Pierangela Sierra has created an e-commerce platform in Ecuador called Tipti to make shopping easier but also to save people’s time.
Ms. Sierra has spent the greater part of her career working for prominent international companies across Latin America, becoming a renowned marketing expert. A few years ago, she decided to retire from the corporate world to embark on a pilot project alongside her partner. Together, they devised a plan that would give them back what they most lacked, despite their successful career: time.
“I remember we did the math in 2015, and I was away from my home for 48 weeks that year. So, I was practically there during Christmas, like a guest in my house. We couldn’t spend time together as a couple or as a family,” the founder of Tibet states .
Tibet, the brainchild of the couple, is an acronym for “Tiempo para Ti” (Your time). The integrated mobile and web platform for grocery shopping and delivery is Now the fastest growing e-commerce company in Ecuador.
“We witnessed the birth of other e-commerce platforms as we started to plan our business. This is how Tibet was born, with the idea that giving the gift of time to ourselves, as a couple and as a family, as well as to our customers, was the most valuable thing we could offer.”
Digital Commerce in Latin America
In 2019, 1.5 billion people, or approximately 27 percent of the world’s adult population, made purchases online, according to UNCTAD.
The total number is increasing annually and is expected to grow further as a result of COVID-19 pandemic. However, the proportion of people using e-commerce in low- and middle-income countries is much lower compared to high-income countries. For example, in countries such as Switzerland, more than half of the population uses these services, while only 2 percent use it in developing countries.
Latin America and the Caribbean make up 9 percent of the world’s population over the age of 15. Although 346 million people had access to the internet, only 20 per cent made online purchases in 2019 making the region only over Africa at the UNCTAD e-conference. trade index.
Lack of trust in postal services, as well as barriers to obtaining a bank account that supports digital payment, are among the main reasons why Latin America does not buy global e-commerce.
According to Pierangela Sierra, the lack of education and access to technology also pose significant obstacles, particularly among low-income populations.
“When you begin to understand where the niche for potential new businesses lies, you realize that it is in e-commerce, biotechnology and everything related to technology. There is a huge need for access to education in all of these areas, Especially for women. “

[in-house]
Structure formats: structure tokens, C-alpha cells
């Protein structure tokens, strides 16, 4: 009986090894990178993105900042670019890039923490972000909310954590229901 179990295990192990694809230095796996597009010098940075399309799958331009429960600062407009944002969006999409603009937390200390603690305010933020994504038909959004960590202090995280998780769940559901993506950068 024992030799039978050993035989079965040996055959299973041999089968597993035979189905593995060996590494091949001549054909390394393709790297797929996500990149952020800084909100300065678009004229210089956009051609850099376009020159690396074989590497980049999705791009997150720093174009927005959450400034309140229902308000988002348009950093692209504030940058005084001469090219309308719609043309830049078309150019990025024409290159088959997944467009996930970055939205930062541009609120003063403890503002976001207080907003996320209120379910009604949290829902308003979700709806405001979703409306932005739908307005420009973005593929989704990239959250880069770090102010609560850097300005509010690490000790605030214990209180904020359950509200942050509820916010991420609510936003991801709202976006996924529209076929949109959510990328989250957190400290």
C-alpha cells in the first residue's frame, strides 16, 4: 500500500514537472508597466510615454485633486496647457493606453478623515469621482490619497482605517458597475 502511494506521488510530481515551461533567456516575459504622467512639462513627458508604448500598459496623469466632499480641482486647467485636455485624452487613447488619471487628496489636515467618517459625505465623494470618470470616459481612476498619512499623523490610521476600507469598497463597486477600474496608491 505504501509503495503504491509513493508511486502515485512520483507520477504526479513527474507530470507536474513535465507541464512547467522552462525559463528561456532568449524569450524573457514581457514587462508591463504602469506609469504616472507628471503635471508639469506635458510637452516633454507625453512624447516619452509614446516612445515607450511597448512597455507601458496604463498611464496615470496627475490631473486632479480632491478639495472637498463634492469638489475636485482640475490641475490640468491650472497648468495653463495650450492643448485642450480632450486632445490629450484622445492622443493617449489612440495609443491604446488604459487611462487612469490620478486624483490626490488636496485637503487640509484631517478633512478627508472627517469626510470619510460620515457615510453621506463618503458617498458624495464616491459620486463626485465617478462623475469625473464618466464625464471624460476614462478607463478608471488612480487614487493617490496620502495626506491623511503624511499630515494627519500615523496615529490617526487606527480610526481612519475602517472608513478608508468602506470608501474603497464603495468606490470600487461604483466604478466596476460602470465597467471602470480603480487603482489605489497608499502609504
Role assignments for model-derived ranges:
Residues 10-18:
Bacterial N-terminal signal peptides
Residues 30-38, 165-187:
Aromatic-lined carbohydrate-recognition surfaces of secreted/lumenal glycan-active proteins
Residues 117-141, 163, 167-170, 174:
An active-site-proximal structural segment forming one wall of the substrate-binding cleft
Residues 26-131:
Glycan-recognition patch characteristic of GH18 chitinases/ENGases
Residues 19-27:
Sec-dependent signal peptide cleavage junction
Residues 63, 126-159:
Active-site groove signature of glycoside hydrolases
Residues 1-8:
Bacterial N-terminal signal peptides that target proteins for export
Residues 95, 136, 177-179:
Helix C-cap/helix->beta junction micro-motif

Ms. Sierra advises women to challenge gender stereotypes.
“They always tell you ‘Oh you’re a bad driver,’ or ‘You’re not good at using a computer.'” In the tech industry, similar myths targeting women and sometimes, We even believe them ourselves and may feel incapable. We feel that if we do not study something related to technology, we will have nothing to contribute in this field, which is not true at all. The competencies you may have in terms of motivation, strategy or leadership can put you – as in my case – at the helm of a functional team and company.”
According to data from UN WomenCurrently, only 45 percent of women worldwide have access to the Internet, while most cell phones are in the hands of men. Moreover, while girls around the world tend to outperform boys in reading and writing, they are still underrepresented among the top performers in science, technology, engineering, and mathematics (STEM) fields.
Furthermore, women make up less than 10 percent of the people who design and prototype tech products. UNESCO.
The founder of Tibet firmly believes that in order for women to break into the technology sector, they must mobilize their entire community to create a positive and lasting economic impact on society as a whole.
“Women always strive to educate the next generation: whether they are children, sons, sisters, or a companion mother.…for every woman who supports it, the multiplier effect always amplifies the effect exponentially. The moment you give a helping hand to a woman, you help up to 20 other people as well,” she explains.
The tech entrepreneur, who has held leadership positions at companies like Coca-Cola and Colgate, told UN News that her leadership and determination have been hallmarks of her throughout her career. This is why she has always been passionate about promoting and supporting her female colleagues.
“While it’s true that securing yourself a place at the top table is a great feat, it also depends on our ability to believe in ourselves,” she explains.
as part of UNCTAD programme, Pierangela Sierra will offer a master’s course at the end of 2021, geared towards women ready to craft their own business plan for the technology sector.
The goal is to identify and train women leaders from the technology sector and across the continent, who in turn can, Positive impact on other women within their countries and communities. Ms. Sierra explains that the multiplier effect will ensure more women-led businesses and projects. Ultimately, promising projects will be presented to investors.
words of wisdom
For Pierangela Sierra, it was the single biggest mistake she made as an entrepreneur that she had never made before.
“For me, entrepreneurship is about freedom. The motivation behind that freedom, this balance we seek as women often, stems from our passion, from our dreams; but primarily from the ability to contribute enthusiastically toward building a better future.”
Tipti founder highlights that The most important thing for a woman is to learn to believe in herself and her dreams.
“And this will be my message to all the self-doubting people: Find the inspiration within yourself to start your own business and let this force drive you toward freedom and fulfillment of your dreams.”